FF Plus’ application for an interdict against E-Toll Act to be heard on 2 December

2013-11-26
Adv Anton Alberts

The Freedom Front Plus’ court application for an interdict against the switching on of the e-toll system will be heard on 2 December in the Gauteng North High Court in Pretoria – a day before the system is to be switched on, Adv. Anton Alberts, the FF Plus’ parliamentary spokesperson on transport says.

What is also of great importance is that the state has made critical technical errors with the announcement of the implementation date of the e-toll.

In terms of the SANRAL Act, there has to be a fourteen day difference between the dates on which the commencement of the e-toll is announced and the date on which the actual implementation of the system will take effect, which in effect means that the system can only start operating on 4 December.

The announcement about this can furthermore only be made by the minister, while in this instance the announcement was made by an acting director-general.

In addition, the office of president Jacob Zuma has for the first time today officially acknowledged receipt of one of three urgent letters which Adv. Alberts had directed to his office in the past couple of months regarding the constitutionality of the E-Toll Act.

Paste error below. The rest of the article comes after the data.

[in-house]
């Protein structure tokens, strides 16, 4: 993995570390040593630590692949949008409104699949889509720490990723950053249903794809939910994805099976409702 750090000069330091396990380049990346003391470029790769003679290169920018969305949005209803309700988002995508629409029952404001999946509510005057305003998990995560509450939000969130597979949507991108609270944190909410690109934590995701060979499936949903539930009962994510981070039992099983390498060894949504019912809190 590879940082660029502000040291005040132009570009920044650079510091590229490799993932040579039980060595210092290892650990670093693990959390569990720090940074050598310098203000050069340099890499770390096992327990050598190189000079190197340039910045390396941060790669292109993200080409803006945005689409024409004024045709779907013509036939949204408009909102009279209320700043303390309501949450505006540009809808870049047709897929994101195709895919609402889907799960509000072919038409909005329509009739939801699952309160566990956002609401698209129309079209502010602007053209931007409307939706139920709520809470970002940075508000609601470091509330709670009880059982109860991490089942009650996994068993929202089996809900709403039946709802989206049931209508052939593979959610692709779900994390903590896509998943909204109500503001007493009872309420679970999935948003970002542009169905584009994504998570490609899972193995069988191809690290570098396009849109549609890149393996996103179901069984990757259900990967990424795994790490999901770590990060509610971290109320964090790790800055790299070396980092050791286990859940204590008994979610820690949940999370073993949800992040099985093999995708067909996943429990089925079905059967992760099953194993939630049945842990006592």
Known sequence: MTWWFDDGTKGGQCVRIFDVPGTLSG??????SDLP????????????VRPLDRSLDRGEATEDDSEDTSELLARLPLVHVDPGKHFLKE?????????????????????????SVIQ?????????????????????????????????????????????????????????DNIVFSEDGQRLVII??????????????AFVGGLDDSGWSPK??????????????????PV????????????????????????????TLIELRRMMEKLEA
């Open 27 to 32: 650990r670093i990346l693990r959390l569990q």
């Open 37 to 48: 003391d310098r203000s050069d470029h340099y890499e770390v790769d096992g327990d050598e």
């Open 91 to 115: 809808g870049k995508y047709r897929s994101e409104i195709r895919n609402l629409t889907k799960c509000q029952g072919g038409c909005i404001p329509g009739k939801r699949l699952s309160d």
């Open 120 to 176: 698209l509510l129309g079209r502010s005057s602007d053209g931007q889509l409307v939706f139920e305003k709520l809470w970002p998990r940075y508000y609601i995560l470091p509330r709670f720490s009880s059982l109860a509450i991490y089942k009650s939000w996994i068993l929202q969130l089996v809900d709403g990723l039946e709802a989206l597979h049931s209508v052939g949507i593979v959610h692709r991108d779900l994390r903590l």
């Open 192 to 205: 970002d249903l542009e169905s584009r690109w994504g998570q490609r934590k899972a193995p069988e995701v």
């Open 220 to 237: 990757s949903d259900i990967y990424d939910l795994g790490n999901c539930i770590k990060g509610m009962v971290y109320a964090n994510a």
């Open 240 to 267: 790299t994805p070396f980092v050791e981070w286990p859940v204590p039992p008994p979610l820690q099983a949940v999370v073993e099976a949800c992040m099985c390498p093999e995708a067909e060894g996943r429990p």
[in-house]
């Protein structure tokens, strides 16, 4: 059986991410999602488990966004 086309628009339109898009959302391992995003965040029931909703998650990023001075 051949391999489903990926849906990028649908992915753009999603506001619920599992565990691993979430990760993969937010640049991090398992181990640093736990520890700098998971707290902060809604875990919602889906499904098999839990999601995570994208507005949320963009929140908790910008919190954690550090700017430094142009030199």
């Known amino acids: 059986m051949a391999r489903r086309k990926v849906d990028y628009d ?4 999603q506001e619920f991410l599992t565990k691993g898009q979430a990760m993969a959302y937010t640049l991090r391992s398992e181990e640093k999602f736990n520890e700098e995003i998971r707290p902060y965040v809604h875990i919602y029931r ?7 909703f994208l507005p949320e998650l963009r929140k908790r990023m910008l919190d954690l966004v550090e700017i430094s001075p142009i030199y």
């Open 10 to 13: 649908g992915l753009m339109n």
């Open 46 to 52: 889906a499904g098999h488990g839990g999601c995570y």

In his first letter (dated 13 June 2013), Adv. Alberts showed in a legal opinion that the Act had been wrongly classified in Parliament. The legal opinion enjoys wide recognition in legal circles and was later used, as is, by another political party which also wants to bring an application against the legality of the E-Toll Act.

In two letters sent subsequently, (10 September and 3 October), Adv. Alberts insisted on a reply to the questions he had posed in his letter and asked for a copy of the president’s legal opinion on the issue after it was established that the president’s legal advisors had agreed with Adv. Albert’s legal opinion.

The fact that there was no response to my questions and that the president had refused to reveal his legal opinion, makes it clear that my requests had been kept quiet purposefully until shortly before the switching on of the system, as the E-Toll Act would have stopped it in its tracks.

“The FF Plus, its partners and its legal team are all convinced that the interdict will be granted and that we will achieve a victory for all road users who are of the opinion that the e-toll is an unfair and unnecessary form of tax,” Adv. Alberts says.

 

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